Thursday, May 19, 2016

Captain Obvious Goes to Simulated War

Too often today, the obvious cannot be seen or acknowledged unless somebody conducts an exercise or a research project. Then we are all allowed to see and comment upon what leaders should have been seeing and warning about all along.
So here is an issue we have been discussing for 20 years -- the stupid decision by our elite (of both parties, much of academia, and the entire DOS and DOD) to expand NATO right up to the border of Russia, and pledge that we will go to war in defense of what cannot be defended without huge effort and expense.  What we spent on NATO at the height of the Cold War would not come close to meeting the requirements to rapidly reinforce and defend the Baltic States (Estonia, Latvia, Lithuania).  The Russians have their largest military force an afternoon drive from the potential battlefield. We have our forces weeks to months away . . . IF we still had some appropriate forces to send.  But the tanks and mechanized infantry troops we would need are gone, as are the air interdiction and air defense forces that would be equally essential.
            And by the way -- the conventional force we fielded in NATO was never the real deterrent.  A no kidding conventional war in Europe would have been bloody, because NATO could have offered strong resistance . . . for a while. But from at least our Vietnam involvement through the 1989 fall of The Wall, the Russians could probably have taken Germany (maybe not France) if they were really willing to pay the price. They had the reserves and the geographic advantage. They could pour in forces faster than we could defeat them, until we were overrun.  We practiced our defense a lot.  I was there -- I practiced it a lot. Our conventional defense would probably not have kept the Soviets out of Germany.
            What dissuaded them from testing their conventional advantage was the knowledge that if our traditional defense failed, a tactical nuclear defense awaited. A “pulse” of hundreds of small nukes delivered by artillery, rockets, short and intermediate range missiles, and aircraft  would not have just blunted the attacking hordes – it would have eviscerated them.  But that nuclear deterrent is now completely gone, as are our tank divisions and fighter/bomber squadrons -- the weapons, the systems, the people, the facilities and the training are not just out of Europe, they are out of existence.
            This is especially bad news because control of the Baltics really matters to Russia.  Imagine that one of our biggest military bases, many of our military ships, and our primary access to say, the Gulf of Mexico, were all concentrated on a spot of land we owned, that was separated from our mainland by 100 miles of Mexican territory.  Would we be pretty intent on establishing a land bridge to our base and troops and ships? Especially if Mexico cut a deal with Russia to defend that land bridge and keep us cut off from our forces?  That is the situation with the Russian territory and base of Kaliningrad -- on the Baltic Sea and a short drive from Russia (as long as they are willing to make that drive over Lithuania – a NATO partner we are pledged to defend).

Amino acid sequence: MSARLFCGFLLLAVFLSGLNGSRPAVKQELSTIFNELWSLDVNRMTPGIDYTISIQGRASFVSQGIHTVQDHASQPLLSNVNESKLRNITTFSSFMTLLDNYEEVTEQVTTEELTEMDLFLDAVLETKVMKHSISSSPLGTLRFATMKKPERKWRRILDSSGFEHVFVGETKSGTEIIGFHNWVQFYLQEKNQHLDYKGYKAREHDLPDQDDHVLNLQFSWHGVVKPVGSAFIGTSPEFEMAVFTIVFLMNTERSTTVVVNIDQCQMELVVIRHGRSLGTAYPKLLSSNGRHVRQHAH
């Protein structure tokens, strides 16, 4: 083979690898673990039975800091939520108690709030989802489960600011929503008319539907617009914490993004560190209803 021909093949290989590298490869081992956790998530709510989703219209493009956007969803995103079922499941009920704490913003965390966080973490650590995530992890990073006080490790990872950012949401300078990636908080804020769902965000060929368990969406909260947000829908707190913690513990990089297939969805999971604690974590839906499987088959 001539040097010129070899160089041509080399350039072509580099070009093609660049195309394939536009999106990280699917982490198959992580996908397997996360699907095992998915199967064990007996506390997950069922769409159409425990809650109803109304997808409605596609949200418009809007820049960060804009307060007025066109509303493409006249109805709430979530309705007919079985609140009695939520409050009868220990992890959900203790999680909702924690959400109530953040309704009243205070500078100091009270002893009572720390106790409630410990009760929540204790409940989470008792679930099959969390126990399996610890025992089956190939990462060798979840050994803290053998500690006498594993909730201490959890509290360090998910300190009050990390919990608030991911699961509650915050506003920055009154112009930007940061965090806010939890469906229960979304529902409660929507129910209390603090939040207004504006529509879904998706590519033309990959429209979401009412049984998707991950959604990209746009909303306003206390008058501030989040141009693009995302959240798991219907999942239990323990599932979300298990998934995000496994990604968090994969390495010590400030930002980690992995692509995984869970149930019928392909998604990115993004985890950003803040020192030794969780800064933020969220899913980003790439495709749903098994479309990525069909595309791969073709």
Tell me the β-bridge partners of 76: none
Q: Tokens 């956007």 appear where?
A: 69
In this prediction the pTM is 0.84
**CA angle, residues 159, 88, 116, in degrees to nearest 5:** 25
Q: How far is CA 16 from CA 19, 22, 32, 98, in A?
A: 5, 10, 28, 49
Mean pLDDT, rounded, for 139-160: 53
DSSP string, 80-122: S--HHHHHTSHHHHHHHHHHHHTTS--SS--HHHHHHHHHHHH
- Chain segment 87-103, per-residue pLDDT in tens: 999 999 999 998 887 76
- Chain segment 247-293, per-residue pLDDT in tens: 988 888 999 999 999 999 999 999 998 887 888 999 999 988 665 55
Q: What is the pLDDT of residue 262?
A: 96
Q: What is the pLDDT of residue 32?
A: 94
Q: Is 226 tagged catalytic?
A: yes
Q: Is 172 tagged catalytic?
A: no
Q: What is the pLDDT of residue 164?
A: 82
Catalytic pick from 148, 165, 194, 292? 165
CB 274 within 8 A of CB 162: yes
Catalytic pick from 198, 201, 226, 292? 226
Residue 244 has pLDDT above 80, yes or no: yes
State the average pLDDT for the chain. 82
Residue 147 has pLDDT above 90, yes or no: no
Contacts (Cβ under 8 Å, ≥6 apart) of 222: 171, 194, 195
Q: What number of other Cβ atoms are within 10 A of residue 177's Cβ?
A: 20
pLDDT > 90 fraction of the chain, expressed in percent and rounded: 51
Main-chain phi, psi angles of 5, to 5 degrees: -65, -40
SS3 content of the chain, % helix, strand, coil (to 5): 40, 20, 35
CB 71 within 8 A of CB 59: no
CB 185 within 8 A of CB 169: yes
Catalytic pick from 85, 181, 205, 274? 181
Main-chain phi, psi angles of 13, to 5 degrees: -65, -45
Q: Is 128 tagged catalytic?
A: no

In short, we are pledged to go to war to defend a strip of land that can’t be defended, using troops and equipment that do not exist, while partnered with European military forces in worse shape for this mission than we are.  The military objective we defend is of vital interest to our opponent. And anybody who spends 5 minutes looking at this situation can see all this plain as day. Anybody except our European specialists who have been busily spot-welding our future to the Baltic states for two decades.
Fortunately, somebody has now run an exercise, and looked the disaster full in the face, so we can talk about it. (Sydney Freedberg Breaking Defense).  This is not the first group to do this - there have been previous exercises like this, with similar outcomes. But this one featured a cast of well known "NATO experts," and a pedigree from an organization generally more friendly to Obama style "transformation" of America's role in the world, than say, RAND -- so it is getting more attention.
Well good -- finally.  But I still have one complaint. Relying on advice from the NATO experts who dithered while the problem unfolded does not strike me as the best approach fixing it.  I would prefer bringing in an expert who understands the realities of war, offense and defense.  Ditching the generals and ambassadors who got us into this mess, and consulting any random corporal from the 82d Airborne Division instead, would be a good start.

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